Dwayne and Giving Tuesday

Dwayne’s Story & Giving Tuesday

Commit to Compassion Today We share Dwayne’s Story with you in honor of Giving Tuesday. A day reserved for giving back to the causes we care about. We can use this holiday as a way to express our giving spirit, here in this season of community and generosity. We hope you enjoy this short story in honor of Giving Tuesday, the holidays, and our friend Dwayne. Losing it and Getting it Back Dwayne has a relaxed sort of charisma. He’s more..

Not Yesterday’s Cocaine: Death Toll Rising From Tainted Drug

By Laura Ungar NOVEMBER 25, 2019 – Kaiser Health News Article CINCINNATI — A pain pill prescription for nerve damage revived Gwendolyn Barton’s long-dormant addiction last year, awakening fears she would slip back into smoking crack cocaine. She’d done that drug and others for about 20 years before getting sober in 2008. But things were different back then. This time, the 62-year-old knew she needed to seek treatment before it was too late. “If I used today,” she said, “I’d be more..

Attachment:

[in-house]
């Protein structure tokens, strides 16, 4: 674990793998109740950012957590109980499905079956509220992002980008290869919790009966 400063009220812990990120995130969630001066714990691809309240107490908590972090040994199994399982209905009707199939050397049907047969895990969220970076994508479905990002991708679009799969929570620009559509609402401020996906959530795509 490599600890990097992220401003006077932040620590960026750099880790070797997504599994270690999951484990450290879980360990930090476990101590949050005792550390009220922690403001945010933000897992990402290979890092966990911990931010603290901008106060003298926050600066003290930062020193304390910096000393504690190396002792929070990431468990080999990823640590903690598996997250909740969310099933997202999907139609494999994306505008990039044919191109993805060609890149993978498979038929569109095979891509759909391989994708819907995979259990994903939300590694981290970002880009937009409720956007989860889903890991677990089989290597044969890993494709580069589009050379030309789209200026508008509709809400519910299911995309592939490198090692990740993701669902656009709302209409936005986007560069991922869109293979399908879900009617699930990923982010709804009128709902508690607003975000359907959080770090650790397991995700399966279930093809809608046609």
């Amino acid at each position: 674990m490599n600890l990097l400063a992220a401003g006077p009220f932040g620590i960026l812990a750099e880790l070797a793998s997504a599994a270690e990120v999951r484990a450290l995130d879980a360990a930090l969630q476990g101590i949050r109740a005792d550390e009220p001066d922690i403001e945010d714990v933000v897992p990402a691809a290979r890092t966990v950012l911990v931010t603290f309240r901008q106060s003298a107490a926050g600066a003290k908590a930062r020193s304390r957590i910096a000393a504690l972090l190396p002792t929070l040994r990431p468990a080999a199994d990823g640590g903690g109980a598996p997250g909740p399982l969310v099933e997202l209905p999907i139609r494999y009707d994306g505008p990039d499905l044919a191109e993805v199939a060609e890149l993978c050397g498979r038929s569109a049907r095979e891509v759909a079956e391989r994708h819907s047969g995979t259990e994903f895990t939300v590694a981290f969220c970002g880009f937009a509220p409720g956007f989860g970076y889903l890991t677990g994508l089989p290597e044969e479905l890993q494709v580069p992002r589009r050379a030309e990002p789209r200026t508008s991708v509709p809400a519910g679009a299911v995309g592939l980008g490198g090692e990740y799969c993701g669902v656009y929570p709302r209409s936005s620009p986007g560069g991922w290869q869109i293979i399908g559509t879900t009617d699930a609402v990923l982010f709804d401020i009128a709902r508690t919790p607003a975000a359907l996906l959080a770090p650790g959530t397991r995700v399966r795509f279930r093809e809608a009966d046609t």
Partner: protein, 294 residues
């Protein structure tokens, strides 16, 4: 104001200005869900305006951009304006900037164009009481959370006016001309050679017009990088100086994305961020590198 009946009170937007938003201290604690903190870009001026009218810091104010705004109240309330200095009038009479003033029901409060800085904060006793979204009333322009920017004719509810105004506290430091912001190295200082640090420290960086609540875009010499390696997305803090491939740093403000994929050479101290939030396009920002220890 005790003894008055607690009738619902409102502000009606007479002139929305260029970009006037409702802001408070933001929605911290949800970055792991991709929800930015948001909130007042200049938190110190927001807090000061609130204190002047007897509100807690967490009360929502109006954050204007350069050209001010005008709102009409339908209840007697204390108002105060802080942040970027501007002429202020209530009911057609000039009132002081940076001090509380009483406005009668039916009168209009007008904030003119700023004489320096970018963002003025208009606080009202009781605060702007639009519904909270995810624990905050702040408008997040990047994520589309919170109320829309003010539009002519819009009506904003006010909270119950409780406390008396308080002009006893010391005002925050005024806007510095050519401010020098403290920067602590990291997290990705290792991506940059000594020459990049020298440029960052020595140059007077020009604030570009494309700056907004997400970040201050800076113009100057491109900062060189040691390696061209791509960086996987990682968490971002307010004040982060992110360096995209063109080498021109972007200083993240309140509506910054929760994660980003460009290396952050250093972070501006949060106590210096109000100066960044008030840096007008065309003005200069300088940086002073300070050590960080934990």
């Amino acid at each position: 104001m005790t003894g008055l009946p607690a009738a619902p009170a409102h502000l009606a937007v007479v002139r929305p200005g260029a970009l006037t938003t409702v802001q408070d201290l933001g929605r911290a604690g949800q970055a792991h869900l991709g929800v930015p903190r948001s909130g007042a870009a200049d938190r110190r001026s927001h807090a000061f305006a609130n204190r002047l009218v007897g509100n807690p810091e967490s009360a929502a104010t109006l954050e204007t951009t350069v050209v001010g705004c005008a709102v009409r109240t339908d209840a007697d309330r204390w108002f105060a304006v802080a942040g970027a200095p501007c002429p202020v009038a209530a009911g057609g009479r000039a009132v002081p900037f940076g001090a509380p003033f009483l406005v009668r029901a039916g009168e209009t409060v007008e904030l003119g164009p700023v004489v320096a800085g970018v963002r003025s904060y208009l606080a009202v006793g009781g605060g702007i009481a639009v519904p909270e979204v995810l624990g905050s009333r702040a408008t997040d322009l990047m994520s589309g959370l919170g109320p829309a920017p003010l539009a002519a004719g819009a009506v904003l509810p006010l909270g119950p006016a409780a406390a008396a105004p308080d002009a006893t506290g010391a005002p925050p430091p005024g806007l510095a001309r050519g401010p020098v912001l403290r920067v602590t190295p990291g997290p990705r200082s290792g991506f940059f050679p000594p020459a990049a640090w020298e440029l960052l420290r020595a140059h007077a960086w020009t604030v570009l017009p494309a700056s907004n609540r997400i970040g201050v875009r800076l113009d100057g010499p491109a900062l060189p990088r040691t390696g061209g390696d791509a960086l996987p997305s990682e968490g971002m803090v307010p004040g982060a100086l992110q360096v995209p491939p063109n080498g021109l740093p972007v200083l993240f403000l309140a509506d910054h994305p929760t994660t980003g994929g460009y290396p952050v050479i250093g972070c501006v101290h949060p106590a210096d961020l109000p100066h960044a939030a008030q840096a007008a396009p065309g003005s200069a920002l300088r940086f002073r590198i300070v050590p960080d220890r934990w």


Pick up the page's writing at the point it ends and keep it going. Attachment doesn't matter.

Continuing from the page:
Silhouette of man relaxing on mountain with book not facing addiction

Dwayne’s Story

Losing it and Getting it Back Dwayne has a relaxed sort of charisma. He’s well dressed, well-spoken, a very charming person to speak with. Life hasn’t always been kind to Dwayne, but when you speak with him you can tell that life’s challenges have not held him down. Despite falling into drug use, addiction and nearly losing everything as a young man, he realized when he had a problem and needed help. He came to THS and with the tools, more..

Rachelle

Rachelle’s Story

No one chooses to become addicted, and there are many reasons why people use and abuse substances. It doesn’t take long to reach rock-bottom – losing everything, including your children and your health.  Rachelle, a patient at Therapeutic Health Service’s Snohomish/Everett Branch, never imagined she’d lose her life to addiction, but she almost did. A Challenging Diagnosis Rachelle was diagnosed with cancer at age 25. A diagnosis that shocked her and stopped her from living her best life. As a more..

methadone dispensary cup

Methadone FAQ